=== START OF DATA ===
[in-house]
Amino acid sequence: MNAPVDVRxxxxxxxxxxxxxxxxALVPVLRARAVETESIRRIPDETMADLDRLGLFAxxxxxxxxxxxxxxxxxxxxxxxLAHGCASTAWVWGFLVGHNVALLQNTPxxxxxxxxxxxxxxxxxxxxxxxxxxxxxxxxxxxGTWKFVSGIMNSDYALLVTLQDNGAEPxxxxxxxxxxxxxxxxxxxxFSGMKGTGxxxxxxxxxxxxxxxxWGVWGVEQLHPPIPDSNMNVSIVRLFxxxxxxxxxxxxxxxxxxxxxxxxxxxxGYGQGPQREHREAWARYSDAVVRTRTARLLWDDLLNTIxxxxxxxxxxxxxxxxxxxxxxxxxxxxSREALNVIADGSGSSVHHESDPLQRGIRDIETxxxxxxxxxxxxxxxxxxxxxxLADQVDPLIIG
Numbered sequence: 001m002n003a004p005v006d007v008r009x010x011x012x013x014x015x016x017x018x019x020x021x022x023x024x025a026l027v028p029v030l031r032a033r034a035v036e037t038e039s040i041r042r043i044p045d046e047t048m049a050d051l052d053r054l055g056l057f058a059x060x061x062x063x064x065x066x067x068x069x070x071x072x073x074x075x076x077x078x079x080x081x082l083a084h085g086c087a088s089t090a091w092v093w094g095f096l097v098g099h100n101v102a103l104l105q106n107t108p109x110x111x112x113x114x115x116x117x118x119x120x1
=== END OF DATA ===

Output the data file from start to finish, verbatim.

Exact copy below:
[in-house]
Amino acid sequence: MNAPVDVRxxxxxxxxxxxxxxxxALVPVLRARAVETESIRRIPDETMADLDRLGLFAxxxxxxxxxxxxxxxxxxxxxxxLAHGCASTAWVWGFLVGHNVALLQNTPxxxxxxxxxxxxxxxxxxxxxxxxxxxxxxxxxxxGTWKFVSGIMNSDYALLVTLQDNGAEPxxxxxxxxxxxxxxxxxxxxFSGMKGTGxxxxxxxxxxxxxxxxWGVWGVEQLHPPIPDSNMNVSIVRLFxxxxxxxxxxxxxxxxxxxxxxxxxxxxGYGQGPQREHREAWARYSDAVVRTRTARLLWDDLLNTIxxxxxxxxxxxxxxxxxxxxxxxxxxxxSREALNVIADGSGSSVHHESDPLQRGIRDIETxxxxxxxxxxxxxxxxxxxxxxLADQVDPLIIG
Numbered sequence: 001m002n003a004p005v006d007v008r009x010x011x012x013x014x015x016x017x018x019x020x021x022x023x024x025a026l027v028p029v030l031r032a033r034a035v036e037t038e039s040i041r042r043i044p045d046e047t048m049a050d051l052d053r054l055g056l057f058a059x060x061x062x063x064x065x066x067x068x069x070x071x072x073x074x075x076x077x078x079x080x081x082l083a084h085g086c087a088s089t090a091w092v093w094g095f096l097v098g099h100n101v102a103l104l105q106n107t108p109x110x111x112x113x114x115x116x117x118x119x120x1